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thyroid diseases and anesthesia management

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thyroid diseases and anesthesia management

  1. 1. Thyroid disease and Anesthesia management Dr Maryam Mahmood
  2. 2. • Patients with thyroid disease scheduled for non‐thyroid surgery – Hypothyroidism – Hyperthyroidism • Thyroid crisis
  3. 3. Hypothyroidism Hypothyroidism may result in depression of myocardial function, decreased spontaneous ventilation, abnormal baroreceptor function, reduced plasma volume, anaemia, hypoglycaemia, hyponatraemia and impaired hepatic drug metabolism. Hypothyroid patients should be rendered euthyroid before surgery thyroxine (T4) has a half‐life of 7 days half‐life of tri‐iodothyronine (T3) is 1.5 days combination of intravenous T3 and T4 is recommended in the management of preoperative myxoedematous coma
  4. 4. • Preventative measures should be adopted to protect against hypothermia. Because of an increased incidence of adrenocortical insufficiency and a reduced adrenocorticotropic hormone response to stress, hypothyroid patients should receive hydrocortisone cover during periods of increased surgical stress
  5. 5. Hyperthyroidism classical features of thyrotoxicosis are well known and include hyperactivity, weight loss and tremor. – cardiovascular effects of hyperthyroidism including atrial fibrillation, congestive cardiac failure and ischaemic heart disease. – Thrombocytopaenia may be associated with thyrotoxicosis – Anaesthetic drugs may be affected by the hypermetabolic state of hyperthyroidism. For example, the clearance and distribution volume of propofol are increased in hyperthyroid patients. When total intravenous anaesthesia is used, propofol infusion rates should be increased to reach anaesthetic blood concentrations.
  6. 6. Thyroid crisis • thyroid crisis still occurs in uncontrolled hyperthyroid patients as a result of a trigger such as surgery, infection or trauma. – Supportive management of thyroid crisis includes hydration, cooling, inotropes and, formerly, steroids. • Beta‐blockade, using propranolol, and antithyroid drugs are used as the first‐line of treatment. • Esmolol was successful in treating a child of 14 months who developed a thyroid crisis 3 h after thyroidectomy » An acute thyroid crisis on induction of anaesthesia, which can be mistakenly diagnosed as malignant hyperthermia, can be treated successfully by boluses of dantrolene 1 mg kg –1
  7. 7. Thyroidectomy – Preoperative assessment
  8. 8. Thyroidectomy • The indications for thyroidectomy include: – proven or suspected thyroid malignancy; – obstructive symptoms; – retrosternal goitre, – even in the absence of obstruction; – hyperthyroidism that is unresponsive to medical management; – recurrent hyperthyroidism; – patients with Hashimoto’s disease, goitre and hypothyroidism usually respond to thyroxine therapy, – but thyroidectomy would be indicated if there is any suspicion of superimposed lymphoma. • cosmetic reasons; anxiety (patients with a small goitre may insist on having it removed);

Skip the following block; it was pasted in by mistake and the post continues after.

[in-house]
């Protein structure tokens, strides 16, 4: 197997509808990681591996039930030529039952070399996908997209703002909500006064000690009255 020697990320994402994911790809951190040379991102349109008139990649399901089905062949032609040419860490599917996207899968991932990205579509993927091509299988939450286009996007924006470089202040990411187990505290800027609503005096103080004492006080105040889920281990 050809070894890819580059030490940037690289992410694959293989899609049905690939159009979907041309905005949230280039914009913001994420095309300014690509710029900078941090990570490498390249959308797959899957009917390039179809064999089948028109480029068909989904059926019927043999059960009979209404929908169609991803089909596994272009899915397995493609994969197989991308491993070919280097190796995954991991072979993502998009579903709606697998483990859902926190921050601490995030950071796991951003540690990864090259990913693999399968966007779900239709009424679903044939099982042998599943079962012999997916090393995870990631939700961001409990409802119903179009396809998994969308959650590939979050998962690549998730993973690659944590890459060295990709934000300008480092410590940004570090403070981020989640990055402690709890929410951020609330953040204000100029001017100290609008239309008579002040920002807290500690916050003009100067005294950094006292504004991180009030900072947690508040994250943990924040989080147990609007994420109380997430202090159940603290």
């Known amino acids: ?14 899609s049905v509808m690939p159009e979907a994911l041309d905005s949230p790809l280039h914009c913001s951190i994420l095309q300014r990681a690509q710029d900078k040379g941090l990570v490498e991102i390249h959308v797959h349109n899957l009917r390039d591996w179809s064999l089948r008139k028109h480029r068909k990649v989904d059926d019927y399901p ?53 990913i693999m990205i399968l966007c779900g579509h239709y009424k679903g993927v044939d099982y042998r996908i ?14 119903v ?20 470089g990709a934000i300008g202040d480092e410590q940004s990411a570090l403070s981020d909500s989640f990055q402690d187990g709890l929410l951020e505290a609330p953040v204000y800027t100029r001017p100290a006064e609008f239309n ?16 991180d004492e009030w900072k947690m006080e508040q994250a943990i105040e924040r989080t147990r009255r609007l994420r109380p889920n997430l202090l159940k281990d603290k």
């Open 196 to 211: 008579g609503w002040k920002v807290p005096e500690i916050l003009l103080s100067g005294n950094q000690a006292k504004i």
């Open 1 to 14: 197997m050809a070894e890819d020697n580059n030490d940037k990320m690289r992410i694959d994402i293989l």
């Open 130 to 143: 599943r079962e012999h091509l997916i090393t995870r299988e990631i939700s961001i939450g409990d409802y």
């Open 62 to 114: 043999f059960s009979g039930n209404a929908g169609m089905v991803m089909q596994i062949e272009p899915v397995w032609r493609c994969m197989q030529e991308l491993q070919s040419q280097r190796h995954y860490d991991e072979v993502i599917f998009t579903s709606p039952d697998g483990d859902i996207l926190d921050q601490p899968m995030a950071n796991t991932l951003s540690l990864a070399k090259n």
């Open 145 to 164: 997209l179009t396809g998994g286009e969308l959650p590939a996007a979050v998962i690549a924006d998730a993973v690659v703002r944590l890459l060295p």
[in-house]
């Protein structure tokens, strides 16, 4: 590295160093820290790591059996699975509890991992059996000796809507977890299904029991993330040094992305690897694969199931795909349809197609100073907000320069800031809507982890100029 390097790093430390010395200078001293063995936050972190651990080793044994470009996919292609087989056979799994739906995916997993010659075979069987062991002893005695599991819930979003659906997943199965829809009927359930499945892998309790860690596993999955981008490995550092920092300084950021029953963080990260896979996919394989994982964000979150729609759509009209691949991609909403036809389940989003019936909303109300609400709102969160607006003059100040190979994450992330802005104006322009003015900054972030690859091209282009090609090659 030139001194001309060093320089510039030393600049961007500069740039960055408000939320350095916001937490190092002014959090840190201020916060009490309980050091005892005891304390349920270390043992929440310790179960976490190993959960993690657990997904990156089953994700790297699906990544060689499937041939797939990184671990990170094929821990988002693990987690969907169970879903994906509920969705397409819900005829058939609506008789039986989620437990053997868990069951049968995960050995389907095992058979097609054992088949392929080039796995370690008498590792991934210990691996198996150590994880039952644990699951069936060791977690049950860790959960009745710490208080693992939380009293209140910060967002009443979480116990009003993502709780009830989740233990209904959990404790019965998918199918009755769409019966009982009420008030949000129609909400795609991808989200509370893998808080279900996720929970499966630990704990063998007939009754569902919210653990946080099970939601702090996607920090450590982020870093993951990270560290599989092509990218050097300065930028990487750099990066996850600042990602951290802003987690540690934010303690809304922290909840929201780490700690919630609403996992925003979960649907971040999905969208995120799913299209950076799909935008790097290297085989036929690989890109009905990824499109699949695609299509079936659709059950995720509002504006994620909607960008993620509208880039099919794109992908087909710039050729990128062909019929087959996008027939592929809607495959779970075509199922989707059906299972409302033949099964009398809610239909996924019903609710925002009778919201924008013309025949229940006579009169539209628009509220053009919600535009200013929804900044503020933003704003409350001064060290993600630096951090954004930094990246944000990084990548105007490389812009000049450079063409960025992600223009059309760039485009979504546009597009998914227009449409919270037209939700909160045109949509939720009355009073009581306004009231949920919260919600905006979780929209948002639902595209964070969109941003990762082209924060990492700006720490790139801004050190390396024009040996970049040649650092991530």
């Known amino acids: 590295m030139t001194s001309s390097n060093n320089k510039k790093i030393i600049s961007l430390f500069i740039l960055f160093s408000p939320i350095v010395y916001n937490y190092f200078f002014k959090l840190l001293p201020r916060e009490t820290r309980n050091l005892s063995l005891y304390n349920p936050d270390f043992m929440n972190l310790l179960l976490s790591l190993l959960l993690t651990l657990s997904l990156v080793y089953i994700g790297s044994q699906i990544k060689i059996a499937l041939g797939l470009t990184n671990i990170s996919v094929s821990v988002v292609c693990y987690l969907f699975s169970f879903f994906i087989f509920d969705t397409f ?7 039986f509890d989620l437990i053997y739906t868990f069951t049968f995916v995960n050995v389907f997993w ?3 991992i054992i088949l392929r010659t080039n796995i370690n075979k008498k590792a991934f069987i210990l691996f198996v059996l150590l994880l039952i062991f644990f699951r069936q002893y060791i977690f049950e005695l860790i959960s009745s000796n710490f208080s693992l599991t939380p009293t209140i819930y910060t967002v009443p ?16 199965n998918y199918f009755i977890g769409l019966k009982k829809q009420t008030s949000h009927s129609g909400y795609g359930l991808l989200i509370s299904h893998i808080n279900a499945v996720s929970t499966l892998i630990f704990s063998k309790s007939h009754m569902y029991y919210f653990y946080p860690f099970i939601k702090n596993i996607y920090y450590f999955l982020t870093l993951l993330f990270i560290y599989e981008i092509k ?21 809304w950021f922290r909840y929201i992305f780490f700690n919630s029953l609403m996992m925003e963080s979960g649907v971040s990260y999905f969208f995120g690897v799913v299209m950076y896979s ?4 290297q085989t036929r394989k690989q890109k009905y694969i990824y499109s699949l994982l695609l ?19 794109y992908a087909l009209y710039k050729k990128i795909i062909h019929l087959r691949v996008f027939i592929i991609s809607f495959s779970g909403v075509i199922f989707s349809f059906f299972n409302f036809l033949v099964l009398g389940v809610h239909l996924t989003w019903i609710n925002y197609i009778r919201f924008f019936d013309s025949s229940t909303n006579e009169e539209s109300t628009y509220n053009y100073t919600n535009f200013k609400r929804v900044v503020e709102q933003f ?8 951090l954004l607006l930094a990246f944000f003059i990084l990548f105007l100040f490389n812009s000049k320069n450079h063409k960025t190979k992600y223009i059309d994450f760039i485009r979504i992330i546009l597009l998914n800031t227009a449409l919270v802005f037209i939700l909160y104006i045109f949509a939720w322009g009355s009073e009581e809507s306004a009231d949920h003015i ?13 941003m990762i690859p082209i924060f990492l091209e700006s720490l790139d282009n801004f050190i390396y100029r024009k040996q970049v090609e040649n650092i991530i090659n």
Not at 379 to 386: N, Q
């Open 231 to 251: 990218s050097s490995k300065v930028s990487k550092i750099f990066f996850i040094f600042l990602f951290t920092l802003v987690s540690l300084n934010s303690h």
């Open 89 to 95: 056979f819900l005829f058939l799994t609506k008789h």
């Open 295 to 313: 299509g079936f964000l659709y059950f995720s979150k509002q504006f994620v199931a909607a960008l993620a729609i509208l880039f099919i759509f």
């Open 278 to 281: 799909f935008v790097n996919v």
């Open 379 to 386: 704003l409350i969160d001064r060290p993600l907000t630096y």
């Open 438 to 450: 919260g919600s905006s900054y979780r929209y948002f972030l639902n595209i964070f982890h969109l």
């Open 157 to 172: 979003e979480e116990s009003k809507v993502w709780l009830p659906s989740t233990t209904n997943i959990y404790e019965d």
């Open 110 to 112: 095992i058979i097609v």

9. 9. • Chest x‐ray showing gross tracheal compression and deviation by a retrosternal goitre
  10. 10. Lateral thoracic inlet x‐ray showing tracheal compression antero‐posteriorly
  11. 11. CT scan of retrosternal goitre
  12. 12. Reconstructed CT scan
  13. 13. Sagittal MRI scan of goitre
  14. 14. Coronal MRI scan of goitre
  15. 15. Transverse MRI scan of goitre
  16. 16. Preoperative assessment – identification of abnormalities of thyroid function • Problems with airway management – The patient may give a history of respiratory difficulties, for example positional dyspnoea, and this may be associated with a degree of dysphagia. – Patients with retrosternal goitre may exhibit signs of vena caval obstruction. » Other assessments of the airway will include assessment of distances between incisors, the thyromental distance, the degree of protrusion of the lower teeth, head and neck mobility and observation of pharyngeal structures
  17. 17. Anaesthetic technique – Regional anaesthesia – General anaesthesia Unexpected difficult intubation Expected difficult intubation – Positioning the patient – Surgical technique – Postoperative care
  18. 18. Anaesthetic technique Regional anaesthesia – bilateral deep or superficial cervical plexus blocks • Complications: – vertebral artery puncture, – epidural subarachnoid spread and – bilateral phrenic nerve block – thyroidectomy for amiodarone‐induced hyperthyroidism
  19. 19. General anaesthesia Easy intubation cases – The trachea is intubated using conventional laryngoscopy. The tracheal tube should not kink when it attains body temperature during prolonged surgery, so a reinforced tube should be considered. – ‘North‐polar’ oral tracheal tubes are an alternative as they keep the respiratory filter away from the surgical field. – Nasal tracheal tubes can also be used although vasoconstriction will be required to prevent epistaxis. – It is wise to select a small reinforced tracheal tube if there is any degree of tracheal compression